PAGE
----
When the NRC's Andrew Myles, Director of R&D, and Adam Bergren, Senior Research Officer, at the Nanotechnology Research Centre learned about the I-STEAM Pathways program, they instantly recognized a great opportunity to get involved.
"We have complimentary initiatives at the NRC," explains Myles. "But we saw a way to promote and support a fantastic Alberta initiative that already had credibility and trust with Indigenous students."
In 2022, Bergren seized the opportunity to mentor an I-STEAM student and could not wait to get more of his NRC colleagues involved. "It's critical that NRC researchers get involved in programs like I-STEAM because we are training the next-generation," says Bergren. "This is our best chance at tackling issues such as climate change and ensuring we are creating more inclusive environments. It's transformed the way I think about research."
This summer, thanks to the NRC's Indigenous Student Engagement pilot program, I-STEAM students had the chance to work on 5 different NRC projects. Plans to scale up are underway to make I-STEAM accessible to all 14 research centres across the NRC.
Kobe Currie: "I want to help First Nations communities in Alberta access clean drinking water."
Kobe Currie is a fourth-year English major at the University of Alberta. They worked with Andrew Myles on a remote water sensor that will allow real-time monitoring of toxins in bodies of water. Throughout their summer internship, Currie built relationships with Indigenous communities and leaders who could use the water sensors and provide feedback to the team. They also created social media content to get Indigenous youth inspired to become involved in land protection.
Ordinarily, as a Faculty of Arts student, Currie would not have had the opportunity to interact with researchers in a lab, and they initially did not see a role for themselves in STEM. "Being involved in I-STEAM has inspired me to pursue a career in communications, which is a path I didn't realize was open to me."
I-STEAM is not just about teaching students about STEM and environmental protection, it's also a great learning opportunity for NRC researchers. I-STEAM provides all researchers with training on current and historical issues facing Indigenous communities.
"Instead of a hierarchy of life with humans at the top, the Indigenous worldview is more circular," explains Myles. "That changed my whole perspective on environmental research. We're part of the air, water and land. So, environmental health is intrinsically connected to our own health."
Currie also taught Myles the importance of being a land keeper and the responsibility they feel as a steward of the land. "As a Cree person from Maskwacis Cree Nation, I feel it's my due diligence to give back to the land. I want to help First Nations communities in Alberta access clean drinking water."
Kai Ulrich: "The I-STEAM program helps you make connections with mentors who can provide guidance and champion you."
Kai Ulrich, a first-year University of Alberta psychology student, was mentored by Marla Desat, Technical Outreach Officer at the NRC's Construction Research Centre, and worked with the harmonization and special initiatives team. He worked on a policy research project looking at how to better connect, engage and communicate with Indigenous communities on building codes and climate change.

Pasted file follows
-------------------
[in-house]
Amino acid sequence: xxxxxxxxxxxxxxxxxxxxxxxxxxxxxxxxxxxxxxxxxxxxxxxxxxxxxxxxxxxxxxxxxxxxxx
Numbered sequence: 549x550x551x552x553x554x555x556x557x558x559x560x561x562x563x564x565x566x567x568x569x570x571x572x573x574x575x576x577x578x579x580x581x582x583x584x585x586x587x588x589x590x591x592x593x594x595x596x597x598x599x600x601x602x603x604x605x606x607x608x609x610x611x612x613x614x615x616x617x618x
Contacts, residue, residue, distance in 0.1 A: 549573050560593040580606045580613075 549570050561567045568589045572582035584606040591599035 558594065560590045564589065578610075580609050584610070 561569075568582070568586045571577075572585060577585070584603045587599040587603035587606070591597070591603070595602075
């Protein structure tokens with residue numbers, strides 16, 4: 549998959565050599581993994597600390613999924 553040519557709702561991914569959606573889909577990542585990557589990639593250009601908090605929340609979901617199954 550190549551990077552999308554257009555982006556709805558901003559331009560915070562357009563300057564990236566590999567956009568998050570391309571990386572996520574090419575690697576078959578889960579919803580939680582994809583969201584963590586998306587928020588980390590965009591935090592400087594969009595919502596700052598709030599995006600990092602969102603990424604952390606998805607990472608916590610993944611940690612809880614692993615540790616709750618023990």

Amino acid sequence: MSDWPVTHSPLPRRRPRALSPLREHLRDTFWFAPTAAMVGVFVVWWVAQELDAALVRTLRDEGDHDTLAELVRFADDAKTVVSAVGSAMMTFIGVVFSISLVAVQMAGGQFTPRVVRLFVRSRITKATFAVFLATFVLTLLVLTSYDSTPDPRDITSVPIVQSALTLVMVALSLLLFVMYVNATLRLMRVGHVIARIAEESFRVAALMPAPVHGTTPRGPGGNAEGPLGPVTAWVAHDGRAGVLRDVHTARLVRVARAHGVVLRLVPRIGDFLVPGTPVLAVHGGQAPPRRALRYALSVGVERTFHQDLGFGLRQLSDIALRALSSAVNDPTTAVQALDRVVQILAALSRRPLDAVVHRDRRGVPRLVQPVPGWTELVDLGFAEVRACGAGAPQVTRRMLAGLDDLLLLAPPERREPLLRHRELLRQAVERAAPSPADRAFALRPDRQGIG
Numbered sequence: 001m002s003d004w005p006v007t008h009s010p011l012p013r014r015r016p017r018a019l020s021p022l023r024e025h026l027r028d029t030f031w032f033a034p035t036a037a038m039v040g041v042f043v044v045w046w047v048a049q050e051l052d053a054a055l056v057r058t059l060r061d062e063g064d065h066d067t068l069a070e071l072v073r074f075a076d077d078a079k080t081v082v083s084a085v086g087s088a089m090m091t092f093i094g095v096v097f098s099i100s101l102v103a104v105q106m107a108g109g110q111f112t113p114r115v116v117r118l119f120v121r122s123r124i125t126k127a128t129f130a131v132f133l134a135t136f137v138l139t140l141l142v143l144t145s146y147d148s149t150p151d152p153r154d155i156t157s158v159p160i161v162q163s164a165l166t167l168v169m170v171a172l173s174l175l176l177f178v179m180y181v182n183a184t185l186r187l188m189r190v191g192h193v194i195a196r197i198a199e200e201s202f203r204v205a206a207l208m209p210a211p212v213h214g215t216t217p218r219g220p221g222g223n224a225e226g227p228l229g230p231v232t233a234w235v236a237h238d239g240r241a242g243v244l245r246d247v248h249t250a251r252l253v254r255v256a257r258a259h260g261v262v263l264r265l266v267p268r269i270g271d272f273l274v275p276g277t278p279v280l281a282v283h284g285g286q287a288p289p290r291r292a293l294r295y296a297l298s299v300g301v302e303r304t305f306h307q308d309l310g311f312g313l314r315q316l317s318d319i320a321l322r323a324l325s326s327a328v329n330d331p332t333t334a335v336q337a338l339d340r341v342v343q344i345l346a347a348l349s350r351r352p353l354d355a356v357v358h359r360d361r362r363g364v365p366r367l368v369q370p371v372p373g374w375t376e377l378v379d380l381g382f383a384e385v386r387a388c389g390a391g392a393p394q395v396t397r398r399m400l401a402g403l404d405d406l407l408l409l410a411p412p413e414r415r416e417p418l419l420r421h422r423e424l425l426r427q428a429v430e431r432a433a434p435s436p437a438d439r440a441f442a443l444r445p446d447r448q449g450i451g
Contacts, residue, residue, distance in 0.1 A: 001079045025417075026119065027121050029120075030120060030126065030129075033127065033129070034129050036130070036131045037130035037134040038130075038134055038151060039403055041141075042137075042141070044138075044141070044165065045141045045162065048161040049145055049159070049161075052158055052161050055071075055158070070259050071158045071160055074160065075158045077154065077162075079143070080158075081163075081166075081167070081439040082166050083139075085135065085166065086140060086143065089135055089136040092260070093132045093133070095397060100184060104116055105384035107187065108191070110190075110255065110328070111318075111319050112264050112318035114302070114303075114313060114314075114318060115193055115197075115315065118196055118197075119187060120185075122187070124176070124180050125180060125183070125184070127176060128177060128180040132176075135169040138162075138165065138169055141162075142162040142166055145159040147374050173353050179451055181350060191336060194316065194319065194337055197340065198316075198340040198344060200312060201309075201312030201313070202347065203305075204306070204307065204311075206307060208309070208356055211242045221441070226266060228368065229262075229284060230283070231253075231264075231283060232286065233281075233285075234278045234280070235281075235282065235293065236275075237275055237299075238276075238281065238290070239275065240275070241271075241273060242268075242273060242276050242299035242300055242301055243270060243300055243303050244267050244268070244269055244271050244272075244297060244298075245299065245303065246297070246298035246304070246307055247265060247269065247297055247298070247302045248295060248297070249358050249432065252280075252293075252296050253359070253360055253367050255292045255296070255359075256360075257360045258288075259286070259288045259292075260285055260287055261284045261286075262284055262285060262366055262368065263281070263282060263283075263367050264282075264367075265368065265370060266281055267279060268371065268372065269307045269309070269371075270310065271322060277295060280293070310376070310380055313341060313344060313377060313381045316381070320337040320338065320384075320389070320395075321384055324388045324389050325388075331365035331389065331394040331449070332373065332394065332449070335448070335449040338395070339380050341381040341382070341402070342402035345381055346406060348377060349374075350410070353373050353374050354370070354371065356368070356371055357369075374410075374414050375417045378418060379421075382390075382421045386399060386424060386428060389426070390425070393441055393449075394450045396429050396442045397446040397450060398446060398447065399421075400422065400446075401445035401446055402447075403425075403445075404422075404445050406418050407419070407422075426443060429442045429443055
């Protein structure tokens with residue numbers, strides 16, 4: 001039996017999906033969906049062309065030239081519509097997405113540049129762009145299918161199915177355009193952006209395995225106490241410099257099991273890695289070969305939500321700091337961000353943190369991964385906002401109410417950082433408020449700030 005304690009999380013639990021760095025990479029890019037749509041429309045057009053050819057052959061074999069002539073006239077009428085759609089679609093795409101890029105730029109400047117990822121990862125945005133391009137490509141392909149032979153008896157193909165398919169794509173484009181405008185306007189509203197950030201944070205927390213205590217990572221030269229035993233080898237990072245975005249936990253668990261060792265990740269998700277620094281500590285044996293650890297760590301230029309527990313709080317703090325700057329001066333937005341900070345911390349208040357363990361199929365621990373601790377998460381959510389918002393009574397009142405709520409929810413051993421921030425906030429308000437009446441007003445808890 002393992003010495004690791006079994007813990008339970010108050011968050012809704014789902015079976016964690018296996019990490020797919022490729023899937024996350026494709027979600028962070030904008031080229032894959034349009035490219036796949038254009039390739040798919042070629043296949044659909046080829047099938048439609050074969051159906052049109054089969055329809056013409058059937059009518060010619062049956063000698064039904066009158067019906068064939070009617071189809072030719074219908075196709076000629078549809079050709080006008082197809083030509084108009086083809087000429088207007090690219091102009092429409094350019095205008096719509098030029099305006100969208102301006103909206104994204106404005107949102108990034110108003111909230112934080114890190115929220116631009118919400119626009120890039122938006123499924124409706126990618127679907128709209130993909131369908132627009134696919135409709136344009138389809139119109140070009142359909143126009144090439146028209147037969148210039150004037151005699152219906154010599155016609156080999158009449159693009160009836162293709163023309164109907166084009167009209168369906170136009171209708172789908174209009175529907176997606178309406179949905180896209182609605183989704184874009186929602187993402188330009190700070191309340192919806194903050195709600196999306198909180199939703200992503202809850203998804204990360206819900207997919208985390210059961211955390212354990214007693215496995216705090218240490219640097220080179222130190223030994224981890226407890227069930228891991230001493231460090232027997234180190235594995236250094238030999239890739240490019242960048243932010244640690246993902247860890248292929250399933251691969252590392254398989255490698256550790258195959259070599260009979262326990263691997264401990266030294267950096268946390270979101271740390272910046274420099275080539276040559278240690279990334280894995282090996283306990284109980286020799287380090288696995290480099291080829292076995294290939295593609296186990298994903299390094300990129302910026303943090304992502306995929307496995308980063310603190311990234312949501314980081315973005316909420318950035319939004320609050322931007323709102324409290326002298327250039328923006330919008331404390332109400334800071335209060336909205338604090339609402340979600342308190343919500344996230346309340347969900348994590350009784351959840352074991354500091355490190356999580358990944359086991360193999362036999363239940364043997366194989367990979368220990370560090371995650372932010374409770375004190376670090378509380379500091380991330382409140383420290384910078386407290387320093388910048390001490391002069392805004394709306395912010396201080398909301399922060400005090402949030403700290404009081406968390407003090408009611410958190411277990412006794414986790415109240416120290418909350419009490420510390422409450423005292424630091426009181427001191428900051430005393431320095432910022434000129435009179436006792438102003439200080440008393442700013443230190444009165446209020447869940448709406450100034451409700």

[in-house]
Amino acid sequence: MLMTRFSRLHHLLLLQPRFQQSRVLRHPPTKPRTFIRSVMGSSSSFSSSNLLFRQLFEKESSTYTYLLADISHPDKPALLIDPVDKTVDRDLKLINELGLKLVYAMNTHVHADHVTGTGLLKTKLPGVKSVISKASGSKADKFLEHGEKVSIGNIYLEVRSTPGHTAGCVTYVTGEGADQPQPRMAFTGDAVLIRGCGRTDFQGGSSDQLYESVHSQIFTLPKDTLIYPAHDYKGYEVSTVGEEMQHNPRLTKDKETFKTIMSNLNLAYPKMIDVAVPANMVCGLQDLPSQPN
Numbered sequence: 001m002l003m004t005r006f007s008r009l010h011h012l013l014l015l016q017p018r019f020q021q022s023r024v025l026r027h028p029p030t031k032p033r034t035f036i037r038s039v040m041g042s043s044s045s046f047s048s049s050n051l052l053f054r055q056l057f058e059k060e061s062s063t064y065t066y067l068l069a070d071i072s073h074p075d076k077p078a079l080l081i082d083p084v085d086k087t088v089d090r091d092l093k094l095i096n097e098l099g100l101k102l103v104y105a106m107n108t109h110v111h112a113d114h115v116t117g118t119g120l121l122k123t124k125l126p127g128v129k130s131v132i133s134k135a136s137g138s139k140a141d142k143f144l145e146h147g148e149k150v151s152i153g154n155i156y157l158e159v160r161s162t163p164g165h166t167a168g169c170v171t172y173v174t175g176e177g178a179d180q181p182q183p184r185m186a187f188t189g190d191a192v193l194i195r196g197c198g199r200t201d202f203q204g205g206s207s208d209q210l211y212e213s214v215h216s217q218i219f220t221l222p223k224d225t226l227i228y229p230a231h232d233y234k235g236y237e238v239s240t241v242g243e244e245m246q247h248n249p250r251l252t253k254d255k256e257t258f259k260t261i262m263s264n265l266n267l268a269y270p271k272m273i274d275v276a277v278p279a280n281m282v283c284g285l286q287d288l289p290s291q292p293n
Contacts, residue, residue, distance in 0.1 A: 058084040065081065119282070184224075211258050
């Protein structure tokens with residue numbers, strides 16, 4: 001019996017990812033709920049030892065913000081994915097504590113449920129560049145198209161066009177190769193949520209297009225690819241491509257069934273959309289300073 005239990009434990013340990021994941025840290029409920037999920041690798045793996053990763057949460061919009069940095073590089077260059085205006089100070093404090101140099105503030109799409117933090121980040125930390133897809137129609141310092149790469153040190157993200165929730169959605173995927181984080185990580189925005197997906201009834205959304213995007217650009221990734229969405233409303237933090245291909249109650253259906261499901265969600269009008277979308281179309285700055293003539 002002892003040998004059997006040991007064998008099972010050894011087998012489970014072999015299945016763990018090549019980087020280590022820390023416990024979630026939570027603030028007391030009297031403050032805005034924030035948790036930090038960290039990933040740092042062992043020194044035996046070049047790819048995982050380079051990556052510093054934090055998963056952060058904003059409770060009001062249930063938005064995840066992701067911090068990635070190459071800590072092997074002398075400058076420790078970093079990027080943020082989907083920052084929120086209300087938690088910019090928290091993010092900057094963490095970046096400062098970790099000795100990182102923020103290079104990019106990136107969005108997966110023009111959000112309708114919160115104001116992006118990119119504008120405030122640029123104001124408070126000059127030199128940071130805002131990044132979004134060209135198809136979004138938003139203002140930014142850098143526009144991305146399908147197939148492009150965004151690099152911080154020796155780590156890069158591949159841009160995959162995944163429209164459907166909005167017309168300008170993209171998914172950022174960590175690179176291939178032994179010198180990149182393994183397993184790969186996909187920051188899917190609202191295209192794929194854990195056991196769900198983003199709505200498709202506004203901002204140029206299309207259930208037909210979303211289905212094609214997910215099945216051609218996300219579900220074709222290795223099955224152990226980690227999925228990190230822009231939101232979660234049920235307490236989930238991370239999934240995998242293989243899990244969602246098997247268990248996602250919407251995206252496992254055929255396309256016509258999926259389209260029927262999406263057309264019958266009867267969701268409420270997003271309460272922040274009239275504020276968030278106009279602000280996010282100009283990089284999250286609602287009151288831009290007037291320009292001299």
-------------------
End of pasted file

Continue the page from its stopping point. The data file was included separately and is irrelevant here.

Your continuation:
Ulrich also used his experience and upbringing to develop an Indigenous engagement strategy. "My family comes from Alberta Buffalo Lake Métis Nation and Onion Lake Cree Nation, and I was raised with a close connection to nature. My grandparents were conservationists. I provided the NRC team with clarity on Indigenous communities, different cultural ceremonies and how Indigenous communities think about the environment."
Like Currie, he also felt that I-STEAM opened up new career opportunities for him. "Working in a lab with a supervisor is not an experience you get as an undergraduate student. The I-STEAM program helps you make connections with mentors who can provide guidance and champion you if you choose to pursue graduate studies."
Jordan Eleniak: "I-STEAM is showing Indigenous students they can bring their knowledge to the sciences and then bring science and technology back to help their communities."
Growing up in Lac-La-Biche Métis Nation of Alberta Zone 1, Jordan Eleniak experienced first hand the impacts of contaminated water systems. "For as long as I remember, the lake I grew up around always had blue-green algae warnings. My people just wanted somewhere nearby to swim and fish that was not contaminated."
Eleniak, an engineering student at the University of Alberta, spent his summer working with Adam Bergren. He built and tested a biofuel cell for remote environmental monitoring. "I had the opportunity to fly to PEI and work with Environment and Climate Change Canada and Fisheries and Oceans Canada to deploy the cell for a site they wanted to monitor."
Eleniak has always had a passion for the environment and technology. He never imagined he would achieve his goal of working in the environmental field in his first year of university. "When I started my program, my goal was to learn about sensors so I could eventually work in environmental protection. I-STEAM allowed me to realize that goal early in my career. I-STEAM is showing Indigenous students they can bring their knowledge to the sciences and then bring science and technology back to help their communities."
For these I-STEAM students, their summer of research wrapped up on Friday, August 25, 2023. That day, the students presented their poster presentations during the 2023 Celebration of Indigenous Summer Research, hosted by I-STEAM at the University of Alberta.